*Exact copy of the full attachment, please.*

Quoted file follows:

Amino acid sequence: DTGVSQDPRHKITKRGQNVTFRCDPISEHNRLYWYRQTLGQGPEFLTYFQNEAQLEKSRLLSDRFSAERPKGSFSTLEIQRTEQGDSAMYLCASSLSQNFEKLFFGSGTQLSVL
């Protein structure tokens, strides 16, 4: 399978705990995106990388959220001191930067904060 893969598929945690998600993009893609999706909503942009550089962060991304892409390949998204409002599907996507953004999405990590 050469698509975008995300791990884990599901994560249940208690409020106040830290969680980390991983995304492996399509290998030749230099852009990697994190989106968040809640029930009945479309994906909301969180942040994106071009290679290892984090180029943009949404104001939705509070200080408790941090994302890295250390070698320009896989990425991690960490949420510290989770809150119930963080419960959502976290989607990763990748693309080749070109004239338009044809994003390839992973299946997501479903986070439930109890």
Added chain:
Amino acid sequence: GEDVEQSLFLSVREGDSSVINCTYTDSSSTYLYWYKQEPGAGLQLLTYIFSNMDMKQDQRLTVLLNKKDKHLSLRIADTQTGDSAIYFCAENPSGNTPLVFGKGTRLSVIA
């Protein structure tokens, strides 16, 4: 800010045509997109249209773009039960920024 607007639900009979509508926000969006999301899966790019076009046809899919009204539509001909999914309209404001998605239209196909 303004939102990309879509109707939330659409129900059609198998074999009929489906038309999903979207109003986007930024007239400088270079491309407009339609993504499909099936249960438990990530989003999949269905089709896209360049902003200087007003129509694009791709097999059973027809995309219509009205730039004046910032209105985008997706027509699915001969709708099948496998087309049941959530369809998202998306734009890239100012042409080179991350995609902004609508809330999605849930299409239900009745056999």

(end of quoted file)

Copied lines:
Amino acid sequence: DTGVSQDPRHKITKRGQNVTFRCDPISEHNRLYWYRQTLGQGPEFLTYFQNEAQLEKSRLLSDRFSAERPKGSFSTLEIQRTEQGDSAMYLCASSLSQNFEKLFFGSGTQLSVL
């Protein structure tokens, strides 16, 4: 399978705990995106990388959220001191930067904060 893969598929945690998600993009893609999706909503942009550089962060991304892409390949998204409002599907996507953004999405990590 050469698509975008995300791990884990599901994560249940208690409020106040830290969680980390991983995304492996399509290998030749230099852009990697994190989106968040809640029930009945479309994906909301969180942040994106071009290679290892984090180029943009949404104001939705509070200080408790941090994302890295250390070698320009896989990425991690960490949420510290989770809150119930963080419960959502976290989607990763990748693309080749070109004239338009044809994003390839992973299946997501479903986070439930109890």
Added chain:
Amino acid sequence: GEDVEQSLFLSVREGDSSVINCTYTDSSSTYLYWYKQEPGAGLQLLTYIFSNMDMKQDQRLTVLLNKKDKHLSLRIADTQTGDSAIYFCAENPSGNTPLVFGKGTRLSVIA
């Protein structure tokens, strides 16, 4: 800010045509997109249209773009039960920024 607007639900009979509508926000969006999301899966790019076009046809899919009204539509001909999914309209404001998605239209196909 303004939102990309879509109707939330659409129900059609198998074999009929489906038309999903979207109003986007930024007239400088270079491309407009339609993504499909099936249960438990990530989003999949269905089709896209360049902003200087007003129509694009791709097999059973027809995309219509009205730039004046910032209105985008997706027509699915001969709708099948496998087309049941959530369809998202998306734009890239100012042409080179991350995609902004609508809330999605849930299409239900009745056999």